After a long flight and transfers in Beijing and Shenyang, Nicolas arrived at the capital Pyongyang of the Democratic People's Republic of Korea (DPRK). A representative of the organisation waited to accompany Nicolas and his colleague. During the whole mission they were not allowed to go anywhere on their own and someone from the office had to be with them at all times. “It was anecdotal but I was struck to see so few cars on the motorway. The city was so clean and the monuments at the glory of the leaders of the country were very big,” describes Nicolas. “As a trainer, I was wondering to what extent the ‘culture gap’ would have an incidence on how we would deliver the training.”
Think outside the box
“We were given some background information on the participants, but we were not quite sure to what extent the participants would be open to the participatory techniques that we usually use to convey the content. It was a pleasant surprise to see how open the participants were to our approach and how effective it was. To address some of the topics we had to think outside the box to ensure that the participants would understand the logic behind some of the concepts that we addressed.”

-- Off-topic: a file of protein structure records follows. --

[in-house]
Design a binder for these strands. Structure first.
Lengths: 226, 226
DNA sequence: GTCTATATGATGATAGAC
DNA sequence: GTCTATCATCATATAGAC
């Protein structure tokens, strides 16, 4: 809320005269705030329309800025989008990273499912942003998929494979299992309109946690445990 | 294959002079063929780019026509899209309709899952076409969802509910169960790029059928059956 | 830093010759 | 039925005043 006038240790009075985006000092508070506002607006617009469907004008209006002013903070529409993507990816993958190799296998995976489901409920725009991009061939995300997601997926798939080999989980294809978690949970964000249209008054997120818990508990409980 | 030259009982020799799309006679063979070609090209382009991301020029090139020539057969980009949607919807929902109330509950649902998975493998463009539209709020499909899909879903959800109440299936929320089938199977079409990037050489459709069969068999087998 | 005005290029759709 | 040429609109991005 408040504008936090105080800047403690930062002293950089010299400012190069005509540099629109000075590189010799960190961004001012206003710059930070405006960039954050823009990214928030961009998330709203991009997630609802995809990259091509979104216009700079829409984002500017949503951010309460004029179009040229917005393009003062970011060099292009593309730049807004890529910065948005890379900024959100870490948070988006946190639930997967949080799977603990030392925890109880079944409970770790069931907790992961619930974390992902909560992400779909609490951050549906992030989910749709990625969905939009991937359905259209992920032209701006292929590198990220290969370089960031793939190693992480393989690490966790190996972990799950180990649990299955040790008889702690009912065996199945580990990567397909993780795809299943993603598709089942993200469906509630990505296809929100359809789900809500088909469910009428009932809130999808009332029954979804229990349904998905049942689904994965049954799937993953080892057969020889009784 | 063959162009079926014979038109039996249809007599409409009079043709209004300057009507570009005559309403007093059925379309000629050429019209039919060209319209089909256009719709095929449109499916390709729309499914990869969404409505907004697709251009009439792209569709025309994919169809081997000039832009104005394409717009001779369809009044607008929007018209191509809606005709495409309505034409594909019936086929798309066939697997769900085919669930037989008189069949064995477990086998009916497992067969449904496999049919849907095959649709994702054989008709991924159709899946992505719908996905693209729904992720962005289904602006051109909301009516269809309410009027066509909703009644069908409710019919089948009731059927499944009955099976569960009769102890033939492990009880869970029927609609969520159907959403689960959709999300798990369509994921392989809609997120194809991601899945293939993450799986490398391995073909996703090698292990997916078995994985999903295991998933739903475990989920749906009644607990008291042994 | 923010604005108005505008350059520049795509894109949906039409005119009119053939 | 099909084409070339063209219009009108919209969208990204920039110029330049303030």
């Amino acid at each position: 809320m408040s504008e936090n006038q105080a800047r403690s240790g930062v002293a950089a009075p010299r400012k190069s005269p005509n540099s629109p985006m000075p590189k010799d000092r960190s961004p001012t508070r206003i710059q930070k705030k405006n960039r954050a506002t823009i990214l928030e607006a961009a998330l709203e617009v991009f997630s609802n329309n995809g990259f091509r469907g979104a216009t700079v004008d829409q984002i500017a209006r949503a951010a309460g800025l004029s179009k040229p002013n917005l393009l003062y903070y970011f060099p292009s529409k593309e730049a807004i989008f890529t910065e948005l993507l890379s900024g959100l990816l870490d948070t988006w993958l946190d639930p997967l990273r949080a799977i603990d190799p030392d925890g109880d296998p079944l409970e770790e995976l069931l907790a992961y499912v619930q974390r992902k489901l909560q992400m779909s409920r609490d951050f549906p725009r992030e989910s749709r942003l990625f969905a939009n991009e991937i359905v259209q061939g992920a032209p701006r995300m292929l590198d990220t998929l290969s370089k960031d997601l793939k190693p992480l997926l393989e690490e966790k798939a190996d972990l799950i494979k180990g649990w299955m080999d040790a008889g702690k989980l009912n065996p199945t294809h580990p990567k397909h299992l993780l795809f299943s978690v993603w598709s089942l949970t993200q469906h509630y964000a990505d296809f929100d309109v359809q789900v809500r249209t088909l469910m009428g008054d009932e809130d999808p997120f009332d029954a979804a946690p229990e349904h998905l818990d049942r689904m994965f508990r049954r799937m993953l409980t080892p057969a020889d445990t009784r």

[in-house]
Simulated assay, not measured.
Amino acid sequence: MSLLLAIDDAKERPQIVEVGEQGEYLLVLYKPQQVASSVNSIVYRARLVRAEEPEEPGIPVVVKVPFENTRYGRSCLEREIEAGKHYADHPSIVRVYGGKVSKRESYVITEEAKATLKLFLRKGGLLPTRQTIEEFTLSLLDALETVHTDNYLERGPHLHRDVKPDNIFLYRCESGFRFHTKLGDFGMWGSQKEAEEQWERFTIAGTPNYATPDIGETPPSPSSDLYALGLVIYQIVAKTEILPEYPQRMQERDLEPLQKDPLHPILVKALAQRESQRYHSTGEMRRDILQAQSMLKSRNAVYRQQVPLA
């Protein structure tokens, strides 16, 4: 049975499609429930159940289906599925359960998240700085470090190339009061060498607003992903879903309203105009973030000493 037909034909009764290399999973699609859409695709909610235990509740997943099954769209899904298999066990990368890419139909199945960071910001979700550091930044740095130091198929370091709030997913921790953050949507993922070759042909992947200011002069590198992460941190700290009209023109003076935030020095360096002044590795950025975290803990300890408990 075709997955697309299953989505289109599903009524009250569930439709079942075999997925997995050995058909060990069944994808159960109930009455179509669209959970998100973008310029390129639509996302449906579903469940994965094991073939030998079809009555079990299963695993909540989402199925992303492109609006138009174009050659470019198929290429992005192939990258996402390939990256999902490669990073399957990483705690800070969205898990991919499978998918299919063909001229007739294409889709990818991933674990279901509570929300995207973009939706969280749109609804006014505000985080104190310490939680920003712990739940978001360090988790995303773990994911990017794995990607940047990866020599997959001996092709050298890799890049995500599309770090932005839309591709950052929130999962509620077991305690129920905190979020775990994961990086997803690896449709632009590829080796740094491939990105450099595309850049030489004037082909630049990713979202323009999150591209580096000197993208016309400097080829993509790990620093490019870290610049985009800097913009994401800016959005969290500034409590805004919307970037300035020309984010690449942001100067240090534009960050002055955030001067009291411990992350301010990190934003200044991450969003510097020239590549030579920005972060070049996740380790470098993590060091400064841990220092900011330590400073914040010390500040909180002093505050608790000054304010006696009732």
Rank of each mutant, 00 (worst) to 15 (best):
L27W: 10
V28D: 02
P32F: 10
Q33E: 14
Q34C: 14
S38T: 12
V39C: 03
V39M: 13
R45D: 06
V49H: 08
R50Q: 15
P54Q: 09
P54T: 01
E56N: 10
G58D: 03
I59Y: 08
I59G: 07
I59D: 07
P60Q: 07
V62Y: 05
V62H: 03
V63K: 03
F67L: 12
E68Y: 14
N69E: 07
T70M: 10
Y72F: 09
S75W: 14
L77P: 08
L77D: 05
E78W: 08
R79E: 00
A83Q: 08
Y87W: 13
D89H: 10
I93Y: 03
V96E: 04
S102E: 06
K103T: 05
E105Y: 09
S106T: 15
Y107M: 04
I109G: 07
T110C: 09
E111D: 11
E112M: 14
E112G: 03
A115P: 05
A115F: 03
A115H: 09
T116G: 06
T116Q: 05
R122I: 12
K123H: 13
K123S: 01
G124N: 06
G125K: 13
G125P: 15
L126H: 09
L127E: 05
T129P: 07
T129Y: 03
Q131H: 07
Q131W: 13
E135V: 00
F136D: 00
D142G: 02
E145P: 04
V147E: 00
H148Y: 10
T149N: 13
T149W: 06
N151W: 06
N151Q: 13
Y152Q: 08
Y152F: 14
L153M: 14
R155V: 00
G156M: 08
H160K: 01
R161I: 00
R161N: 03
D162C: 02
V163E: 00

‘Kimchi’ to explain the results chain
“To give an example, when we discussed the results chain as part of the logical framework matrix, I usually take a simple example which is called ‘the horse parade’ to explain the differences between the levels of a project. These levels are: activities, outputs, outcomes and impact. But when I used this example in our training in a more rural office, I quickly realised through the group dynamic that the participants were not grasping the logic and I had to think about another example. At that moment, I took the risk to use as an example of a local dish I had eaten: Kimchi which is made of layers of cabbage, marinated in spicy sauce. So I used this dish to explain that the layers of cabbage can be the activities, the output is the actual Kimchi as such and the actual eating of the Kimchi by the target group is the outcome. Using this example worked really well in making sure that the participants understood what the result chain was.”
“Although you have your own grid and the Korean people do too, everyone is educated and asks questions, even though the culture is totally different. In this case it was a very pleasant surprise.”
Are you interested in a similar training? Join Nicolas in the french course on Training and Facilitation Skills in November in Brussels, or continue reading with this article about a training on EU funds in the Caribbean. Get in touch with Nicolas Dupic for more possibilities in training opportunities or consultancy for your organisation.